Have you ever wondered what the cause of your dog's fear might be, and how you can help him overcome those fears? This blog is designed to help you identify fear in your dog, what to look our for that might be causing fear, and what to do when faced with something that makes your dog afraid.
This issue is often misunderstood among dog owners because the way dogs express fear (reactivity to include, but not limited to: growling, lunging, barking, staring, piloerection (raised hackles), pulling, or alternatively, cowering, running, and hiding) is often termed "bad behavior." These expressions do not make your dog a "bad dog", they're just the only way they know how to express how they're feeling in a fearful situation.
Left to cope on their own, these behaviors in your dog can become habits. As we well know, habits are really tough to break! The stresses of living in a human environment can be extremely stressful for our dogs, particularly when they just don't have the tools to cope. So, what can we do to help?
The first piece to this puzzle is learning to see the world through your dog's eyes. We want to become kind, benevolent leaders in their world who respond appropriately to their fear. Remember, emotions cannot be reinforced. Consoling your fearful dog is OKAY. When your dog is reacting out of fear, you can think of it a lot like a panic attack we humans might have. The dog is incapable of processing information normally, and therefore trying to train our dogs during these times of panic is simply impossible.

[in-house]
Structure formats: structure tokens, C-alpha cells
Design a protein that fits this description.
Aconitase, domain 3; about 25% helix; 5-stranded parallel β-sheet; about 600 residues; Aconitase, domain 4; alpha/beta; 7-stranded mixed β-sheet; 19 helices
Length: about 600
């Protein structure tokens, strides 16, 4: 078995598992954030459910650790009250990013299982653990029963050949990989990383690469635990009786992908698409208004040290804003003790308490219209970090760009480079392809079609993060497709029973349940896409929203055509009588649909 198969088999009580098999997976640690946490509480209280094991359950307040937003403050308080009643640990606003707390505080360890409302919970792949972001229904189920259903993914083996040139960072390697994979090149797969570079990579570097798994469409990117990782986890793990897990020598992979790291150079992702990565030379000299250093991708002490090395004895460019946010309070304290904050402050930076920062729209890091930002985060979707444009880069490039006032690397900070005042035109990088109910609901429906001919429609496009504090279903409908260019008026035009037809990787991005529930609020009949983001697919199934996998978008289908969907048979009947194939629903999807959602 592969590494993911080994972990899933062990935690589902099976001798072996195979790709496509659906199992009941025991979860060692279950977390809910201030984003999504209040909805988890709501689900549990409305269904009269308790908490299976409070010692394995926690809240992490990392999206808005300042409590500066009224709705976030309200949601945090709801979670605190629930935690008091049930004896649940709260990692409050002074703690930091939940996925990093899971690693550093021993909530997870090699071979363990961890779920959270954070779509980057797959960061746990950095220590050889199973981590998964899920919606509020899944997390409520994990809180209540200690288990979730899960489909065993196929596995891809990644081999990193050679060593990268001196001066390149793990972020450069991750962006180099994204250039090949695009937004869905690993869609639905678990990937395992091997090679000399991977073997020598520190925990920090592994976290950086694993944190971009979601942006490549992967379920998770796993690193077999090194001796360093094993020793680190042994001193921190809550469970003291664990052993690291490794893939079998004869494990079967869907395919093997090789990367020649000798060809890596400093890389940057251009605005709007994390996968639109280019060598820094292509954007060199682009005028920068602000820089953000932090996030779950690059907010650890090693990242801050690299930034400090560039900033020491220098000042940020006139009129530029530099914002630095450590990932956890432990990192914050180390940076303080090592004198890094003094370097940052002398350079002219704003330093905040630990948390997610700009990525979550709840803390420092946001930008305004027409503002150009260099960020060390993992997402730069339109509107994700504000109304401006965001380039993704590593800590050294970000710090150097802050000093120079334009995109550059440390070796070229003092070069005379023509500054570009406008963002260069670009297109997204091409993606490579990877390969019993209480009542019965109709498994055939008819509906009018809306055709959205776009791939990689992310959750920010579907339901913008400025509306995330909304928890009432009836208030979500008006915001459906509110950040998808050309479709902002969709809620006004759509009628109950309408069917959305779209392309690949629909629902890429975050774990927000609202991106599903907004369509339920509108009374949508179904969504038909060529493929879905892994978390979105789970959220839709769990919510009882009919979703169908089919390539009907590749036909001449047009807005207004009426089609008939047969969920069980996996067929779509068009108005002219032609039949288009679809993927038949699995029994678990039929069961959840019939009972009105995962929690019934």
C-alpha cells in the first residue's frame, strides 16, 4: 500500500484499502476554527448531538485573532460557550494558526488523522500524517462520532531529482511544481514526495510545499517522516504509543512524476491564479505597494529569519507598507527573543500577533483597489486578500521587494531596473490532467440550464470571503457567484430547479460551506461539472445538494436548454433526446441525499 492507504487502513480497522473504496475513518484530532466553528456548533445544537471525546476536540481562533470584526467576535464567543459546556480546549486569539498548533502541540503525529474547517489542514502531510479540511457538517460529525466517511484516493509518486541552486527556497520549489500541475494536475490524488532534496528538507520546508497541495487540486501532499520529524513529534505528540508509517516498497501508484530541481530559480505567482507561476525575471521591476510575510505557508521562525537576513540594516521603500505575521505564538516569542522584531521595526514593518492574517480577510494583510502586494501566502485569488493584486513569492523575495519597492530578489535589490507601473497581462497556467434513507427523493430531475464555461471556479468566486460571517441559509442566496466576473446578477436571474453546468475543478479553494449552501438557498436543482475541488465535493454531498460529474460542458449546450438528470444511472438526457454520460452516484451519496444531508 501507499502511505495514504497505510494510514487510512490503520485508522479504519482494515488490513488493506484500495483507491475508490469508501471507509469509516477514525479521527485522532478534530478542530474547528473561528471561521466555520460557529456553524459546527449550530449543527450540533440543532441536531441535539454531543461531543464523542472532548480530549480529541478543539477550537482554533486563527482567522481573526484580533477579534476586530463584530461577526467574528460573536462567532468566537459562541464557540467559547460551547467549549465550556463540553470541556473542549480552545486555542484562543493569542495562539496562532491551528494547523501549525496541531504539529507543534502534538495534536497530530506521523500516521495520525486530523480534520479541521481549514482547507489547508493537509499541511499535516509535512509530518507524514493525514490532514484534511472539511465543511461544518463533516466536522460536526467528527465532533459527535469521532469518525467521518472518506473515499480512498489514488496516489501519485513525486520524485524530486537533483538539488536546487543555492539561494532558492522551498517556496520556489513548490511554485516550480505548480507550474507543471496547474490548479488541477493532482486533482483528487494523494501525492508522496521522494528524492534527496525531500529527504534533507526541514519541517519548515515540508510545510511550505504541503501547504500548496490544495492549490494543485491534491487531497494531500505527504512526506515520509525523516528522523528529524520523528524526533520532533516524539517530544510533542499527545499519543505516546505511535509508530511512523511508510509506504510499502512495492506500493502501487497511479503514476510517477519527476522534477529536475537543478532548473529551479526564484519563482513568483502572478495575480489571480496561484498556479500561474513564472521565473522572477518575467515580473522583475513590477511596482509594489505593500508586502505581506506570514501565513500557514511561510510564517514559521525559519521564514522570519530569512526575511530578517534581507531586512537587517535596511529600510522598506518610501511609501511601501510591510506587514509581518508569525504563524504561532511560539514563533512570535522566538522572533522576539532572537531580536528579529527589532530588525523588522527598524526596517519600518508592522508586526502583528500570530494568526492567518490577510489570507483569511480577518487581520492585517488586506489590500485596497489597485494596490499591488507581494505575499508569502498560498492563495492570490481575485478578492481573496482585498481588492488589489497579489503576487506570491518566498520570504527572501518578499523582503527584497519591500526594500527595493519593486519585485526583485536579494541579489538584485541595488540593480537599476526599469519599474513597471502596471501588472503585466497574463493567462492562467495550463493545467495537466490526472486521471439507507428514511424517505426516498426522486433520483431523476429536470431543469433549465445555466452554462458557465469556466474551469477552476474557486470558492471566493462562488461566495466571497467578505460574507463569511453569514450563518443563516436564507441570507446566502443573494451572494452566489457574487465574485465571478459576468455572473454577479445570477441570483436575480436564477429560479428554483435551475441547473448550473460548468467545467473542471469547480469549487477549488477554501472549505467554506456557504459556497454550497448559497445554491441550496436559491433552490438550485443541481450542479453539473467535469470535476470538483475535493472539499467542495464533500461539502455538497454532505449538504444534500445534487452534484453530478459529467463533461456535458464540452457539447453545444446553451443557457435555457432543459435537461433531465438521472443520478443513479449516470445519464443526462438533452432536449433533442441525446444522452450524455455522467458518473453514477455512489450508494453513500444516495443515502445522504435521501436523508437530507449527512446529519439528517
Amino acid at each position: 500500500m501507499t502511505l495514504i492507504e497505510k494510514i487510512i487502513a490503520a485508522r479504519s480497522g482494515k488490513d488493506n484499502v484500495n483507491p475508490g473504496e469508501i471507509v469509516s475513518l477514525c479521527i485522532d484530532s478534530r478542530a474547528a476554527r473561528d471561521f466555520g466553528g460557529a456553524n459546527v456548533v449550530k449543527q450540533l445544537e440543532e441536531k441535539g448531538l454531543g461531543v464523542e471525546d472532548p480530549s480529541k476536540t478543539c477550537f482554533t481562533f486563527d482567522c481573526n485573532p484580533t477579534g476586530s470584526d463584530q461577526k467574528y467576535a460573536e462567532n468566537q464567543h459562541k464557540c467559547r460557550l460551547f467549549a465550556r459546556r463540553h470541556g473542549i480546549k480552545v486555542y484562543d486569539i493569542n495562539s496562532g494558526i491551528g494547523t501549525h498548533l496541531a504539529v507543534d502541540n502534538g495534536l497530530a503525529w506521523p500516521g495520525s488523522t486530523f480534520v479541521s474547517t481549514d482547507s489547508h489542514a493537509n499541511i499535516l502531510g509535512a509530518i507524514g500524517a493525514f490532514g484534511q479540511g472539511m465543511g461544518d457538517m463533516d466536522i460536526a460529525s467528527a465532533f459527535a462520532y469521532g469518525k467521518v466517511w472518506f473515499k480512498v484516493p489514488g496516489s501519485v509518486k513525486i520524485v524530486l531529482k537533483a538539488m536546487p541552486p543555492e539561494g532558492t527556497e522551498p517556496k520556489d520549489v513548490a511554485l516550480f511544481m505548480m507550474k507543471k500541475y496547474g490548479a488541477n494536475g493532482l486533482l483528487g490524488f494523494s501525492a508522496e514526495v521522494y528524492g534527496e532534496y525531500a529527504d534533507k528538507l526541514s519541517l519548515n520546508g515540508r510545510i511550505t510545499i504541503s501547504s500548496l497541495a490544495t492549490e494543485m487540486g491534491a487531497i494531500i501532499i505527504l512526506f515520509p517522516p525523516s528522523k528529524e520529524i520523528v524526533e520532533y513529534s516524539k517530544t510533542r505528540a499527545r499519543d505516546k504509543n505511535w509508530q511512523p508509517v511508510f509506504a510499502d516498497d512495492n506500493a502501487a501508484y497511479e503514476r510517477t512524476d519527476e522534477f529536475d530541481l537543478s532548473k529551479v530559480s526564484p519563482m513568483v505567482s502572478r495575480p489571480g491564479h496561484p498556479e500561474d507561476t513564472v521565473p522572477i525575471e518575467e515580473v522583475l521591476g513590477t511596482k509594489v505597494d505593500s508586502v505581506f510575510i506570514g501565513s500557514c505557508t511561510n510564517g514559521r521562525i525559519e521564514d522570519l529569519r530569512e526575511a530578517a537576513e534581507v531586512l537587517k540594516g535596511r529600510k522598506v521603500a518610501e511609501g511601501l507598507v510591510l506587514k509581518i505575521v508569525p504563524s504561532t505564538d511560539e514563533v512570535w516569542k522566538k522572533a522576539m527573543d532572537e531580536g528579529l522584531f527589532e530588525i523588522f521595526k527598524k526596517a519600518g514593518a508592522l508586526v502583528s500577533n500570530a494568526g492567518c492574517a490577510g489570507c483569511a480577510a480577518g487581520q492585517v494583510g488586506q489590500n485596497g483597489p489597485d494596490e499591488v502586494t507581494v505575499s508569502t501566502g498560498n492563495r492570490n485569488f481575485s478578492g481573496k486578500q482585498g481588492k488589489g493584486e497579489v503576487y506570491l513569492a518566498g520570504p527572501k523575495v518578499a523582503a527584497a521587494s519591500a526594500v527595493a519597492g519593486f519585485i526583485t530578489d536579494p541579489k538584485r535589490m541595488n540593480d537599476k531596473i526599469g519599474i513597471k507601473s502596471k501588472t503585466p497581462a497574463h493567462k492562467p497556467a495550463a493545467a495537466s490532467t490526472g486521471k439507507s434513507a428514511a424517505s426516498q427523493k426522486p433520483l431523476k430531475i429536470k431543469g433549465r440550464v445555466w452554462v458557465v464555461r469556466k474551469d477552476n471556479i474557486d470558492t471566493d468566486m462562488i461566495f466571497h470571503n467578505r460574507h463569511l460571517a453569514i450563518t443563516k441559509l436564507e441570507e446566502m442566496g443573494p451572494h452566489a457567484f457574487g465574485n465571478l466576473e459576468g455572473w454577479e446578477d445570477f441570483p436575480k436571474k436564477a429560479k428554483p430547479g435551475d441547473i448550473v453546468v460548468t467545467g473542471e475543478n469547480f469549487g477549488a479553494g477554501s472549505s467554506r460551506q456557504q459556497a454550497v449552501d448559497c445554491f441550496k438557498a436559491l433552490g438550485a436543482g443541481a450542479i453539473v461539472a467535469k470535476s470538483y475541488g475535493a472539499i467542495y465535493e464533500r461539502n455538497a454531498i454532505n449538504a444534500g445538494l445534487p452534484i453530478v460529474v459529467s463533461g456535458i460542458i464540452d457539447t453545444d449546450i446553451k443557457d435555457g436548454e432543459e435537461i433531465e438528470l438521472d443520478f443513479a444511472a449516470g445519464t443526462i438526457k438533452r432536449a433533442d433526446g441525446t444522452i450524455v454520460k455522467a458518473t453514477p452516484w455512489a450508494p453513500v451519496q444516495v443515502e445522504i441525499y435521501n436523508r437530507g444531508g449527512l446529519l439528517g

Our best course of action is to desensitize a dog to that which he or she fears. Desensitization is all about gradually and incrementally exposing our dogs to what they fear in a controlled way. We want to expose our dogs at a very low level of engagement (read: before they react) and slowly, over time, increase the level of intensity. By pairing what the dog fears with something they love, we can help him or her overcome these fears. Depending on how long the fear has been left unattended, the desensitization process can take weeks, months, or even years. The goal here is to change the underlying emotional response to that which the dog fears from panic and dread to positive anticipation.
When searching for the right trainer to help you desensitize your dog, you're looking for the following things:
1. A trainer that uses positive rewards.
2. A trainer that uses science-based training methods.
3. A trainer that is proficient in canine body language.
4. A trainer that specializes in helping fearful dogs.
If you can find these things in your trainer, you're on a great track. Move forward, tackle these issues with positivity and hope, and you and your dog will be well on your way to changing those fears for good!
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